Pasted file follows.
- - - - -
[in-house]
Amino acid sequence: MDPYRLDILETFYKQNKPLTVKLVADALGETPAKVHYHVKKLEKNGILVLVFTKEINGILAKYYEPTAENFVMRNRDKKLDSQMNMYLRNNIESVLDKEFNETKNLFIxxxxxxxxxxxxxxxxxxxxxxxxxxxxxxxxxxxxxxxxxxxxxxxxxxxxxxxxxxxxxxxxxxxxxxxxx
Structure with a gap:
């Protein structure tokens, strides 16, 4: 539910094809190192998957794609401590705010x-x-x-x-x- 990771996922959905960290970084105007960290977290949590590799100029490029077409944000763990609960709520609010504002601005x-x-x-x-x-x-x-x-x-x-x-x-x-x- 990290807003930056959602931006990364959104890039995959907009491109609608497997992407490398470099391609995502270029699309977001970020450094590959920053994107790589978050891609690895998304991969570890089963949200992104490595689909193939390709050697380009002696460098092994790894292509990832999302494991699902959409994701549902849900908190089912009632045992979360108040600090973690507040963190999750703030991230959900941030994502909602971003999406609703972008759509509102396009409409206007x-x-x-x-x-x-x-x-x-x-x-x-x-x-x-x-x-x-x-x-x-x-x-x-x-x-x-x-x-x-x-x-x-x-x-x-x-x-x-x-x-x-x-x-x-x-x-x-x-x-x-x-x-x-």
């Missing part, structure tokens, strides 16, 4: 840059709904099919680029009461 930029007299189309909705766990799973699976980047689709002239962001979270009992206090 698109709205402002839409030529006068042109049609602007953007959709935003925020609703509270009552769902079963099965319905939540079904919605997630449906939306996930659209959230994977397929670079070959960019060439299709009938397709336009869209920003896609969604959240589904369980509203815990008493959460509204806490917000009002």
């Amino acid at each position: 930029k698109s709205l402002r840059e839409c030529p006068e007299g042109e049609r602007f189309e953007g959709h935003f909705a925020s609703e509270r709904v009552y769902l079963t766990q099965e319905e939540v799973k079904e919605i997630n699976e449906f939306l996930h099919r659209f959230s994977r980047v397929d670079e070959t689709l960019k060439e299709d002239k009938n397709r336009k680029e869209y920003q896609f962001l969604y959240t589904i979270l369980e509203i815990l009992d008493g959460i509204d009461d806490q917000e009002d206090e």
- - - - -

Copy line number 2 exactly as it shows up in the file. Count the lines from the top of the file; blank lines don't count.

Amino acid sequence: MDPYRLDILETFYKQNKPLTVKLVADALGETPAKVHYHVKKLEKNGILVLVFTKEINGILAKYYEPTAENFVMRNRDKKLDSQMNMYLRNNIESVLDKEFNETKNLFIxxxxxxxxxxxxxxxxxxxxxxxxxxxxxxxxxxxxxxxxxxxxxxxxxxxxxxxxxxxxxxxxxxxxxxxxx